Of the 297 samples positive for various Cl. Perfringens types, 95 animal samples indicated the presence of Cl. perfringens type B. These 95 isolates were obtained from cattle (n=22), sheep (n=10), goats (n=30), horses (n=03), camel (n=14), deer (n03), wild beast (n=02), monkey (n=02), zebra (n=02), yak (n=01), fox (n01), jackals (n02), baboon (n02) and bear (n=02). None of the human samples was positive for Cl. perfringens type B. Isolation of C/. perfringens type B from the zoo animals is a matter of concern for the human health, as the zoo visitors have the possibility to get infected with this organism.

Of the total 297 positive samples of faecal and morbid tissues from various types of animals and human being Cl. perfringens type D isolates were recovered from 118 (39.7%) samples. Of these 118 isolates of Cl. perfringens typeD, 114 were obtained from various types of animals, and 04 isolates were from the humans. Of the 114 animal isolates, 10 from the cattle, 5 from the sheep, 44 from the goats, 9 from the horses, 27 from the camel, 4 from the deer, 02 from the wild beast, 02 from the monkey, 02 from the zebra, 01 from the elephant, 01 from the yak, 02 from the fox, 02 from the jackals, 02 from the baboon, and 01 isolate the bear. A total of 04 CI. perfringens type D isolates were recovered from gangrenous tissue and open wound samples from human beings.

During this investigation 21 isolates of CI. perfringens Type E were obtained from domestic and zoo animals. Of the 21 isolates, 03 were from cattle, 04 from sheep, 09 from goats and 03 from horses, 01 from monkey, and 01 from the baboon. All the 21 isolations were from the fecal material of above mentioned animals. None of the human samples was positive for CI. perfringens type E.

Alpha toxin was produced by all of the 63 Cl. perfringens type A isolates. Within the toxin producing isolates, there was no difference in the quality of toxin in respect to its lethality for mice, dermonecrosis effects for guinea pigs and cytotoxicity in the HeLa cells. The 07 fecal isolates were hemolytic, lecithinase (+), and positive for all biochemical characteristics of Cl. perfringens. Those isolates were not lethal for mice, indicated no dermonecrotic activity in guinea pig, and produced mild degree of cytotoxicity in the cell cultures.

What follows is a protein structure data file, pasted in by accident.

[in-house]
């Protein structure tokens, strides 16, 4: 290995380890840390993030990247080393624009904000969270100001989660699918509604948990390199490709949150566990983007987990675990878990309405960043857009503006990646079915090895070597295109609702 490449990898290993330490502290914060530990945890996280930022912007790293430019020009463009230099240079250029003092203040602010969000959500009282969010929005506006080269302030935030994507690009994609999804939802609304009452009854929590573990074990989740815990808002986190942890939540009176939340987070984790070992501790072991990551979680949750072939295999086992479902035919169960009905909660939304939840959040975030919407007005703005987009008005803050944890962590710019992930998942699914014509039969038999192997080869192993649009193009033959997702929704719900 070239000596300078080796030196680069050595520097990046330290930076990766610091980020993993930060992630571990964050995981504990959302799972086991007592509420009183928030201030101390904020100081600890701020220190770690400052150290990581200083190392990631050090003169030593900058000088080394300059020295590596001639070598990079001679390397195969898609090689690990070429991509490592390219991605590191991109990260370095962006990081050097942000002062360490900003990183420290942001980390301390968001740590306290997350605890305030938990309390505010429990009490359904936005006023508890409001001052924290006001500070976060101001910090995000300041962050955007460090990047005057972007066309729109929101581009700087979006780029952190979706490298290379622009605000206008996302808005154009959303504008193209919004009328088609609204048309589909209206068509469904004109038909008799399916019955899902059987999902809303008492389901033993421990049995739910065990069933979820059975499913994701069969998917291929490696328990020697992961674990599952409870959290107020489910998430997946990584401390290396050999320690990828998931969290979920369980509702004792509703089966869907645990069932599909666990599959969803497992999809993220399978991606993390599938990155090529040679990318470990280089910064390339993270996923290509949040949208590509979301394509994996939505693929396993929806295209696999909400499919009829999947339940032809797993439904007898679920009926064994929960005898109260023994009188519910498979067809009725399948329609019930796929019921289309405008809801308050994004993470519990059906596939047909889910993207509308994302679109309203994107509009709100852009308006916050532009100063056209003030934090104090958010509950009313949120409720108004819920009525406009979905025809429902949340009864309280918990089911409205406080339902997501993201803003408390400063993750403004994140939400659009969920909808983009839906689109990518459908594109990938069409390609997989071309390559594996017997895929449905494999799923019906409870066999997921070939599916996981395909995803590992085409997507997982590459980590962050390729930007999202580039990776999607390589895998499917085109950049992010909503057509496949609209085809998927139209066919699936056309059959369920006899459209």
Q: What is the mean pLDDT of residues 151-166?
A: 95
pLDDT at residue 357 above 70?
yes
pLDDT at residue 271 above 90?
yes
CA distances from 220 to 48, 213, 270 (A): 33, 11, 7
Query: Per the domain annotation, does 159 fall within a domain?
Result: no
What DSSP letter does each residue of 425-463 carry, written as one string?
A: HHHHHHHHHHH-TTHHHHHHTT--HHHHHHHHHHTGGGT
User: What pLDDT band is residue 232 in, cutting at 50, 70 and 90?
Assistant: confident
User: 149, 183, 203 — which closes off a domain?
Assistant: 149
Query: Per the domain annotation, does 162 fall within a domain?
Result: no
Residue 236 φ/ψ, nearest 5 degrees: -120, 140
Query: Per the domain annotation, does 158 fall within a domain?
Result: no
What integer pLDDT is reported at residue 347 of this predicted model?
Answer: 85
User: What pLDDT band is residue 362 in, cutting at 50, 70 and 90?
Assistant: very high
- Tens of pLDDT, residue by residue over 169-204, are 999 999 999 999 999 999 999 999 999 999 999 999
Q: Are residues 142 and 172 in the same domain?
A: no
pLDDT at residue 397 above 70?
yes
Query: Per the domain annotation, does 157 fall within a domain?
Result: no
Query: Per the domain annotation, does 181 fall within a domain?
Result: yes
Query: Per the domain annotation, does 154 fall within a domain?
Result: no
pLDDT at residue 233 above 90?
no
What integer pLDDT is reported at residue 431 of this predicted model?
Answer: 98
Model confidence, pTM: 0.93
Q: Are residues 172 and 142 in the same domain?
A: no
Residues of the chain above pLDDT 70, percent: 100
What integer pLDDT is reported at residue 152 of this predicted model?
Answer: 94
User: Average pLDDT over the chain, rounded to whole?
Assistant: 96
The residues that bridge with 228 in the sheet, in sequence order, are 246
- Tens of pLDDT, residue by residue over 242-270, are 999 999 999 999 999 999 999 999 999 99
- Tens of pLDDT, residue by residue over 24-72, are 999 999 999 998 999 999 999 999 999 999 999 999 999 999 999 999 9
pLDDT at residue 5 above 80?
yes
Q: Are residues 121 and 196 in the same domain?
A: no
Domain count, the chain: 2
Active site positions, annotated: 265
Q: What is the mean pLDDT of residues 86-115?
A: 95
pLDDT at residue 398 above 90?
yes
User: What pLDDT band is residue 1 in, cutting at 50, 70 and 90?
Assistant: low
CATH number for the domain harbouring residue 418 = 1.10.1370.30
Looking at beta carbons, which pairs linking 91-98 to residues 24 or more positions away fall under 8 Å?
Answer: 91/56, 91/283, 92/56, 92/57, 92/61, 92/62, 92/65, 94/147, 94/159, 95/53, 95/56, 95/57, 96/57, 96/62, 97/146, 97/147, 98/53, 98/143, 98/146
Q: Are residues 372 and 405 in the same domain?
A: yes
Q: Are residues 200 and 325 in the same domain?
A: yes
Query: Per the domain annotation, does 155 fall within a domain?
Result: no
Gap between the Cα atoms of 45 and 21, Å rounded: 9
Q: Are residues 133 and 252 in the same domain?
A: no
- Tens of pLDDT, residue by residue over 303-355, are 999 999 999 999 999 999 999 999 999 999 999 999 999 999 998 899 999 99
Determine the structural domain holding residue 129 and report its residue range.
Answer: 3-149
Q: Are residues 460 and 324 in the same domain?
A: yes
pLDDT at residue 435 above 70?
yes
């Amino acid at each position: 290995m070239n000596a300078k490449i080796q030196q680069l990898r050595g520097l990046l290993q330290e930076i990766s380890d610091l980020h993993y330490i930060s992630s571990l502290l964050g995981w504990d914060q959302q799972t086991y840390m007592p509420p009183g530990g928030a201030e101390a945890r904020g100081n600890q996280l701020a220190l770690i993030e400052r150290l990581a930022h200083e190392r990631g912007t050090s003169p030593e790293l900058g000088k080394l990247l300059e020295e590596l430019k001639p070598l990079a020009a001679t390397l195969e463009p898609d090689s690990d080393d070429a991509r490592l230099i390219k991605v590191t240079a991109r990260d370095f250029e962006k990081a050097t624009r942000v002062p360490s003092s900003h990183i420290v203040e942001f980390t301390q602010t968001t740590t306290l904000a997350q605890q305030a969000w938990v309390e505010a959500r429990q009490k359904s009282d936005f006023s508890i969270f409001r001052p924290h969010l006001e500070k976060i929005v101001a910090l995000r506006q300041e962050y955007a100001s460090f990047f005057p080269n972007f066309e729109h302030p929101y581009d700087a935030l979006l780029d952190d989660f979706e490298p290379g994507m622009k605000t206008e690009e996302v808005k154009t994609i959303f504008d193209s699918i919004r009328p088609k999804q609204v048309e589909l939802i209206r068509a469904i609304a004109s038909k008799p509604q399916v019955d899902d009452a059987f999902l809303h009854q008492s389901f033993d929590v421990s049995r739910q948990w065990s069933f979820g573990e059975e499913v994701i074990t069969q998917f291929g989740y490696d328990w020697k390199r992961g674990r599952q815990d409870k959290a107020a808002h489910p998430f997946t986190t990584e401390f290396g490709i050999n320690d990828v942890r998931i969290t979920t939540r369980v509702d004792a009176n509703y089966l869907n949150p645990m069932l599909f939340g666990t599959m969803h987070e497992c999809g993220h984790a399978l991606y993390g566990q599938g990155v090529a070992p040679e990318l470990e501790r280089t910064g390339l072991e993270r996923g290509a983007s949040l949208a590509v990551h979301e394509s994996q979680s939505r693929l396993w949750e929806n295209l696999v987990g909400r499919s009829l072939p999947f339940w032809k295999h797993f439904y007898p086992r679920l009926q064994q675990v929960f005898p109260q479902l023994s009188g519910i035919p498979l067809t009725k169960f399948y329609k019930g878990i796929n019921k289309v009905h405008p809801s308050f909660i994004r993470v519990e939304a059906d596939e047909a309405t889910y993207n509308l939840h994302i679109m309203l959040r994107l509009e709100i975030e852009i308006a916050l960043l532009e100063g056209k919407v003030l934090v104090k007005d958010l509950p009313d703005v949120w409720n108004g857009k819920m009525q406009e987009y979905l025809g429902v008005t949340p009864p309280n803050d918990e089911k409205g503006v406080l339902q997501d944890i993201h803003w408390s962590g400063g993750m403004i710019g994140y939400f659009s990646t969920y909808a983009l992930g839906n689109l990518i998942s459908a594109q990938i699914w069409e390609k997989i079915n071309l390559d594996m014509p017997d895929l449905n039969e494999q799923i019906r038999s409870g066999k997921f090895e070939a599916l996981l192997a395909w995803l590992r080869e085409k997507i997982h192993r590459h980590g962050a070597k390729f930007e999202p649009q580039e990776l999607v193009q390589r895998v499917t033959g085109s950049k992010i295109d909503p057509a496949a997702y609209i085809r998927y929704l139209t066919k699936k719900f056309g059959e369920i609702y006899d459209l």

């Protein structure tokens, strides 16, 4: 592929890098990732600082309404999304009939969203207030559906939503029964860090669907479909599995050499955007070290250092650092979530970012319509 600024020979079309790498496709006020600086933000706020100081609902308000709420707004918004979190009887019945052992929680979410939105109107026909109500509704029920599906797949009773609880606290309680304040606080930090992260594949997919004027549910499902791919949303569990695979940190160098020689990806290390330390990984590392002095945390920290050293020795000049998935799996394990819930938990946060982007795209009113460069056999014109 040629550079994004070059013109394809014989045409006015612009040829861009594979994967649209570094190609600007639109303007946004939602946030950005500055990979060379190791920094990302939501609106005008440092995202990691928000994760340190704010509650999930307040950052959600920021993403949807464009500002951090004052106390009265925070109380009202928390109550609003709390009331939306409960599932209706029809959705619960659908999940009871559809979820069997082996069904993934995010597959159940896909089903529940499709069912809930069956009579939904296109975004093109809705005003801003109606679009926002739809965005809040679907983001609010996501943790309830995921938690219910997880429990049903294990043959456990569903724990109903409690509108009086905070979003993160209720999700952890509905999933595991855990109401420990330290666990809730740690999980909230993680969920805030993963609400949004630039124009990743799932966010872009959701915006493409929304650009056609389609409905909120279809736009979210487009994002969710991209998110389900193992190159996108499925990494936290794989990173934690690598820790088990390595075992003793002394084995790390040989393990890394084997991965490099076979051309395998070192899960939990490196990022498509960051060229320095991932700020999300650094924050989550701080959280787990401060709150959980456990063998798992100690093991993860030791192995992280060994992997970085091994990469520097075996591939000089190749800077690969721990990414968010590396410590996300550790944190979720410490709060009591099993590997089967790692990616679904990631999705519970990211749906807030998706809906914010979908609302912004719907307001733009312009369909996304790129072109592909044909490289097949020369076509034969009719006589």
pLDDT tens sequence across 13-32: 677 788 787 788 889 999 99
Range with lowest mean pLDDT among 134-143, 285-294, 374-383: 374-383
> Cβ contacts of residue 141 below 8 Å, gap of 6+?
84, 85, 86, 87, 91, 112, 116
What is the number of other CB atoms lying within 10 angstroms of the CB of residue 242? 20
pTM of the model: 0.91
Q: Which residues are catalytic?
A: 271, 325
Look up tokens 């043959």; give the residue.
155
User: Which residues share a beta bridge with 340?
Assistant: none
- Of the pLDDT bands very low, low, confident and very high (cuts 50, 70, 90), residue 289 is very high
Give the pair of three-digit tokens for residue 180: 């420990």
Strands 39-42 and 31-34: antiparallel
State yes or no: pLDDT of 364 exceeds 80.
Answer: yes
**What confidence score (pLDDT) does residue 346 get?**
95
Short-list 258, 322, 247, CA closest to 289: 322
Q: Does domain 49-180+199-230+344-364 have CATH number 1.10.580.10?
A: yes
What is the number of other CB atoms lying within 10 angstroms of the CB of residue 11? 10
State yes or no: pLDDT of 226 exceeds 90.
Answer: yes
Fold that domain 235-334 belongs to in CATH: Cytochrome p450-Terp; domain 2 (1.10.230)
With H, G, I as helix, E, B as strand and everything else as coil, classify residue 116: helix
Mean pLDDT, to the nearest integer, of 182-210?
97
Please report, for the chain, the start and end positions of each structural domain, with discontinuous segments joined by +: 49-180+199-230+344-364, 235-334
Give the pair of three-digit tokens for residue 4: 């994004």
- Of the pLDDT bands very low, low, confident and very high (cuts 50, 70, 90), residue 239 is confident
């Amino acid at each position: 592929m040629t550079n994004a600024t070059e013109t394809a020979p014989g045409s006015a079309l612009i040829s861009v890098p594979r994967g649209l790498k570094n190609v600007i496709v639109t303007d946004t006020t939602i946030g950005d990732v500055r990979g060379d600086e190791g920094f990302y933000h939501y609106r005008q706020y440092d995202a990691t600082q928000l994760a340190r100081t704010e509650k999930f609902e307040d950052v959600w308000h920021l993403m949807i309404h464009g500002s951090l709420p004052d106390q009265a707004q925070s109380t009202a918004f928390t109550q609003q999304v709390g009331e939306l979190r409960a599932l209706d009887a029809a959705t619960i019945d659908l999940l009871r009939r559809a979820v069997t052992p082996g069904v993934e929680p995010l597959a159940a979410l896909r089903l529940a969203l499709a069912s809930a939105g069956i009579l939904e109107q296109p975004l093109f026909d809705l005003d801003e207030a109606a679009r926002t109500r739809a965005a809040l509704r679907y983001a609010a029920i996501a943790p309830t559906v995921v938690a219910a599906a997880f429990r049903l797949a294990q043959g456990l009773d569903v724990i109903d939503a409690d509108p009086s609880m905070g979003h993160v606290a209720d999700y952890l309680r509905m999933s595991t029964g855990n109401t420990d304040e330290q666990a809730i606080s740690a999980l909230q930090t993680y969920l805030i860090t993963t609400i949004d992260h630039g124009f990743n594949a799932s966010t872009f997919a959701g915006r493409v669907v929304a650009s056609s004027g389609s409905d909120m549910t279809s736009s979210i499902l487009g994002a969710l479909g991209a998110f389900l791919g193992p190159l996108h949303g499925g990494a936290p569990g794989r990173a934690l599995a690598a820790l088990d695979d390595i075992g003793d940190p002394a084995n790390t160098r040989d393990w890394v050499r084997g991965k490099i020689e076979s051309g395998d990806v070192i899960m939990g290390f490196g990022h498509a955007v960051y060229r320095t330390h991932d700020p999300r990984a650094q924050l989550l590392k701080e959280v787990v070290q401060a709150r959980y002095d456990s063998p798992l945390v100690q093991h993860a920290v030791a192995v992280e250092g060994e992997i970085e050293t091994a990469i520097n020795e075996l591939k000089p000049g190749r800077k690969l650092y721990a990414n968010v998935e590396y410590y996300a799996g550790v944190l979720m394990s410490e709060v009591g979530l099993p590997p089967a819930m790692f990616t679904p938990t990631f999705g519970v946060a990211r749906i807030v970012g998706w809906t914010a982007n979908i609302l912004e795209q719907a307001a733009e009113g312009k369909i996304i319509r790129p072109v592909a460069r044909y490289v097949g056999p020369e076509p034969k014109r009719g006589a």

The activity of beta toxin obtained from 95 isolates of CI. perfringens type B isolates was determined using standard toxin-antitoxin test carried in mice and the standard serum neutralization test with antitoxin raised in rabbits. Within the toxin producing isolates, no difference was seen in the potential of toxin based on its lethality for mice.

Epsilon toxin activity of the 114 isolates of CI. perfringens type D from animals and 4 of the human isolates was also determined. Of the 114 animal isolate, 110(96.49%), and all the 4 human isolates produced E-toxin. There was no difference in the lethal potential of toxin for mice, dermonecrotis action in guinea pig and production of CPE in VERO cells.

Iota (i) toxin activity of the 21 isolates of Cl. perfringens type E was also determined serum neutralization test in mice. Many isolates produced more than one major toxin. Ci. perfringens (CP) type

A produced Alpha (a) toxin; CP type B produced Alpha (a), Beta (3) and Epsilon (E) toxins; OP type D isolates produced Alpha (a) and Epsilon (E) toxins, and OP type E isolates produced Alpha (a) toxin + Iota (i) toxin.

The immunobiologic studies of isolates showed that many of the isolates were quite antigenic. Isolates of CI. perfringèns type D and B were found highly immunogenic as those isolates producing SN titer of 1:320.



Department of Microbiology
Phd. thesis

0998,T